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Managing Ontario’s excess soils

An overview and a guide

April 14, 2023  By Robert Kennaley

Photo: © dusanpetkovic1/ Adobe Stock

The first phase of Ontario’s new regulation for On-Site and Excess Soil Management, Regulation 406/19, (passed under Ontario’s Environmental Protection Act) came into force on January 1, 2021. Intended to ensure that excavated soils are treated as a resource to be beneficially re-used wherever possible, unless a section 2 exemption applies, the Regulation applies to all “projects” (broadly to include among other things “any form of development or site alteration”), virtually any type of construction and the removal of liquid solid from a “surface body of water”. Further, any soil or soil mixed with rock which is removed from a project area is defined as “excess soil” and is deemed to be a “waste” and which cannot be reused, stored, transported or disposed of except as specified. The Regulation then sets out a complete code for the excavation and movement of excess soils between properties, imposing requirements for soil testing, transportation, temporary storage at processing sites or transfer facilities, the interim clean-up of soils, data tracking, re-use (on-site or at other sites) and disposal at a landfill or dump.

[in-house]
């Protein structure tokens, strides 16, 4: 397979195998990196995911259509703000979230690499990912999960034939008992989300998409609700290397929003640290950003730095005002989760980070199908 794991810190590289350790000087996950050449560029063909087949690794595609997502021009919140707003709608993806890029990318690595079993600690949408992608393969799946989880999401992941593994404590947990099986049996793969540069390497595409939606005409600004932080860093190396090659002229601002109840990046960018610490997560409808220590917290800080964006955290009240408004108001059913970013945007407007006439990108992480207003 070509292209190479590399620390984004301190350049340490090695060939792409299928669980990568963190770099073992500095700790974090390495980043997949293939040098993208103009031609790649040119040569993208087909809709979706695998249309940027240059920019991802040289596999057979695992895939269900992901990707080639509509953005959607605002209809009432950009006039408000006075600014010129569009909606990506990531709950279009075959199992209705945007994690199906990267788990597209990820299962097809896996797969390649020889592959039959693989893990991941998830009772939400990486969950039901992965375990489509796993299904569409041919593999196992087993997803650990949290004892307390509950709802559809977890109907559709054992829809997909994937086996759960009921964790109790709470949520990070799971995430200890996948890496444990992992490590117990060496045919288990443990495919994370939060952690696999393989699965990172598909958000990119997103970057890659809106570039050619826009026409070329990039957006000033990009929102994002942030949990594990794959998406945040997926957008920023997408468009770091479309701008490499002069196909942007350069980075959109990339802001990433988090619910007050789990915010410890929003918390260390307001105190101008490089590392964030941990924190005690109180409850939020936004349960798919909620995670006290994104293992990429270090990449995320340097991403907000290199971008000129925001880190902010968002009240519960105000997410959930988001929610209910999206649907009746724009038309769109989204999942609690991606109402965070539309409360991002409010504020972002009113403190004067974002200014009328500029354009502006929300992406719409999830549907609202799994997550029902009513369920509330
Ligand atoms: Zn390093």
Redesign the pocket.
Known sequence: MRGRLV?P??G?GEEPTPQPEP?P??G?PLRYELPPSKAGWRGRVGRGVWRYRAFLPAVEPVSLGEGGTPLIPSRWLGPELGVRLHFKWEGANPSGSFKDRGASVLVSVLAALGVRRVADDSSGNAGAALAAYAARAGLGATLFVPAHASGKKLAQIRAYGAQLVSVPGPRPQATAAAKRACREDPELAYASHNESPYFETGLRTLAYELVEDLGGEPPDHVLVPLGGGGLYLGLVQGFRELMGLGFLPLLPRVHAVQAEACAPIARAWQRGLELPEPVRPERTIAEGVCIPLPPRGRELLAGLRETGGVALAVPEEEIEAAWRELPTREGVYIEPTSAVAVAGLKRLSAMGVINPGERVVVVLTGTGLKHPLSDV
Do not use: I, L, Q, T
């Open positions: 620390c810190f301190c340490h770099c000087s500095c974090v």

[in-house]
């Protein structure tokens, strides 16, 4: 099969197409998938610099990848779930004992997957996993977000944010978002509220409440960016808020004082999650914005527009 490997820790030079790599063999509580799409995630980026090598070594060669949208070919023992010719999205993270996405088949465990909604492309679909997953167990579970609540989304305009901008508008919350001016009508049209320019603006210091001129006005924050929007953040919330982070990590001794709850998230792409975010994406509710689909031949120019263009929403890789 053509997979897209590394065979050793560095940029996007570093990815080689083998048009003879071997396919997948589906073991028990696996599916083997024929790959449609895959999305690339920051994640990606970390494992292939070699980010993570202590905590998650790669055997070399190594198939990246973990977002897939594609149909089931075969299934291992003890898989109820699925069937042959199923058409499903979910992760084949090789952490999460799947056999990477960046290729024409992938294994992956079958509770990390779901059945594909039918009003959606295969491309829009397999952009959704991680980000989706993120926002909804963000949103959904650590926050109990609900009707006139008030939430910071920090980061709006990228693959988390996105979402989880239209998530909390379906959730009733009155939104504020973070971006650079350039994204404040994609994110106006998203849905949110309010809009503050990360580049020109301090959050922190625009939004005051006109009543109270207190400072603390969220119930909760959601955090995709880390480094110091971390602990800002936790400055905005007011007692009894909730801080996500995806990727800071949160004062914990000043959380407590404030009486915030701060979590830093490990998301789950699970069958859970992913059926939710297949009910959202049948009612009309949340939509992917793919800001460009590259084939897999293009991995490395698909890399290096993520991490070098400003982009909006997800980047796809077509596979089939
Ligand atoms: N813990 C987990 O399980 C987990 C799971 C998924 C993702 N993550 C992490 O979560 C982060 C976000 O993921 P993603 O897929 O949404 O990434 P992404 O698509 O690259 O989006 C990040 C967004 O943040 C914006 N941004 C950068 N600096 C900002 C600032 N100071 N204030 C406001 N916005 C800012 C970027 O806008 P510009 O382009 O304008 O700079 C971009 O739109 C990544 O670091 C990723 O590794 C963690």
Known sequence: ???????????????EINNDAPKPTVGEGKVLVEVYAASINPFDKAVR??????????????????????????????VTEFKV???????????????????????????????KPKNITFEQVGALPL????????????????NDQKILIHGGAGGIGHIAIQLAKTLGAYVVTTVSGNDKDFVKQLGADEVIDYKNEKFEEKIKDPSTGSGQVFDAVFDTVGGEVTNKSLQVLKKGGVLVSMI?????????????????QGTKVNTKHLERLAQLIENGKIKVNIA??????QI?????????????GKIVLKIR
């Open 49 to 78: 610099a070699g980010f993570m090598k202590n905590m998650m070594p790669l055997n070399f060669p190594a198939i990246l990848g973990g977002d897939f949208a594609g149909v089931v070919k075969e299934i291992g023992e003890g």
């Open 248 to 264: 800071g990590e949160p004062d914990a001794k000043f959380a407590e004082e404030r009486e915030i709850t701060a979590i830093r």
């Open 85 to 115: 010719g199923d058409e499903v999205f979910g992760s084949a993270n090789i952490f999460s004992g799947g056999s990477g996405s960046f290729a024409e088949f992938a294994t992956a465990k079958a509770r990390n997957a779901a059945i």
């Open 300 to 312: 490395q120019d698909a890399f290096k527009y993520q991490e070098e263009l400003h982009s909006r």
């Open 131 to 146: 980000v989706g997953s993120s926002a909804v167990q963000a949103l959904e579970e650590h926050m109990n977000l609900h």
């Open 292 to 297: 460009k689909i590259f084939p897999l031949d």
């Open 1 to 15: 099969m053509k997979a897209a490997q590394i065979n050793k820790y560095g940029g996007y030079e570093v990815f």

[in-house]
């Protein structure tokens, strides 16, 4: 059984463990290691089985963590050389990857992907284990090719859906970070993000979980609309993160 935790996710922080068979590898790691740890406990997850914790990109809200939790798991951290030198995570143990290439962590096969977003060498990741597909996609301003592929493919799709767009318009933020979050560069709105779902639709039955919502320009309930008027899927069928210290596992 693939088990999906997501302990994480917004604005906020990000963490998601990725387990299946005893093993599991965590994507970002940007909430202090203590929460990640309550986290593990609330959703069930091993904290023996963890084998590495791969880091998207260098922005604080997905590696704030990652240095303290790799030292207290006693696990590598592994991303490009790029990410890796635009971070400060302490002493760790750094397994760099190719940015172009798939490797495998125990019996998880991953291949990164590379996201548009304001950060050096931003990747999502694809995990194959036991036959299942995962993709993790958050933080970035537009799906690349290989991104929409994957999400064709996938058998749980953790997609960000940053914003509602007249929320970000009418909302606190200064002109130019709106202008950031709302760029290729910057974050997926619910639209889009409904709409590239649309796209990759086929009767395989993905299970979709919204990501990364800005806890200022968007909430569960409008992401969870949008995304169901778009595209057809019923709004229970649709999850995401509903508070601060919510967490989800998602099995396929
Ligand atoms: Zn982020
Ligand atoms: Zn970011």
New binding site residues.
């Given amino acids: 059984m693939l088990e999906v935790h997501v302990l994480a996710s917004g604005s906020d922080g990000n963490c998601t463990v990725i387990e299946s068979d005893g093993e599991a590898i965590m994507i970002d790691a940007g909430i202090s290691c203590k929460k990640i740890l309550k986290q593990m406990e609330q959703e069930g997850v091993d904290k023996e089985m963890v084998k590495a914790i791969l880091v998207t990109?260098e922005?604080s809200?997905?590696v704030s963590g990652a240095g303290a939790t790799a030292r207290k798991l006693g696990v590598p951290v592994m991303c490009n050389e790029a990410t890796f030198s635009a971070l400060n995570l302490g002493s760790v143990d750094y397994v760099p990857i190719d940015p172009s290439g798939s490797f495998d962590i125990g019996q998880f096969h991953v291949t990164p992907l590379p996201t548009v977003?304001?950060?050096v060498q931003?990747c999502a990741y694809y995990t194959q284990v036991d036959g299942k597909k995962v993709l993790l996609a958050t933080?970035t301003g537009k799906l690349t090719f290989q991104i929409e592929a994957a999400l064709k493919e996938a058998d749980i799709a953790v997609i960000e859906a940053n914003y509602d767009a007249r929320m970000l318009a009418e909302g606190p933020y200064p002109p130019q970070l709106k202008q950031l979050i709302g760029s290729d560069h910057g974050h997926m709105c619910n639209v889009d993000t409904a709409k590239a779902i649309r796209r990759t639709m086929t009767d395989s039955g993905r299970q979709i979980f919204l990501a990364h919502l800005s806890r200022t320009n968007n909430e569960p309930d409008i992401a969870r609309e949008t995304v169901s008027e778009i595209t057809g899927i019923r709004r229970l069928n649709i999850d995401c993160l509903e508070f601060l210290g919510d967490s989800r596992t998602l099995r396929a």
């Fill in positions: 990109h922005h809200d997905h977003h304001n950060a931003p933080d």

We have written on the structure and technical requirements of the Regulation elsewhere (see our website or search in that regard). Accordingly, our focus in this article will be on how the risks associated with the Regulation can and should be assessed and managed in contracts and subcontracts. We have also prepared a two-page flow-chart guide, available on our website (, which can be used as a filter to access the Regulation’s application and associated risks, from the project-planning stage through to the final placement of excess soils. If downloaded in PDF format, that guide includes hyper-links to the various applicable statutes, sections, authorities and resources referenced. This article can be read in tandem with the guide to elaborate on the points made.  We hope it will be helpful. The starting point for risk assessment lies in determining whether or not the Regulation applies. Section 2 provides that it does not apply in respect of excavations subject to O.Reg 347, certain pit or quarry operations, topsoil excavations permitted under the Aggregate Resources Act, certain peat extraction operations and “the final placement of excess soil on the bed of a surface water body”.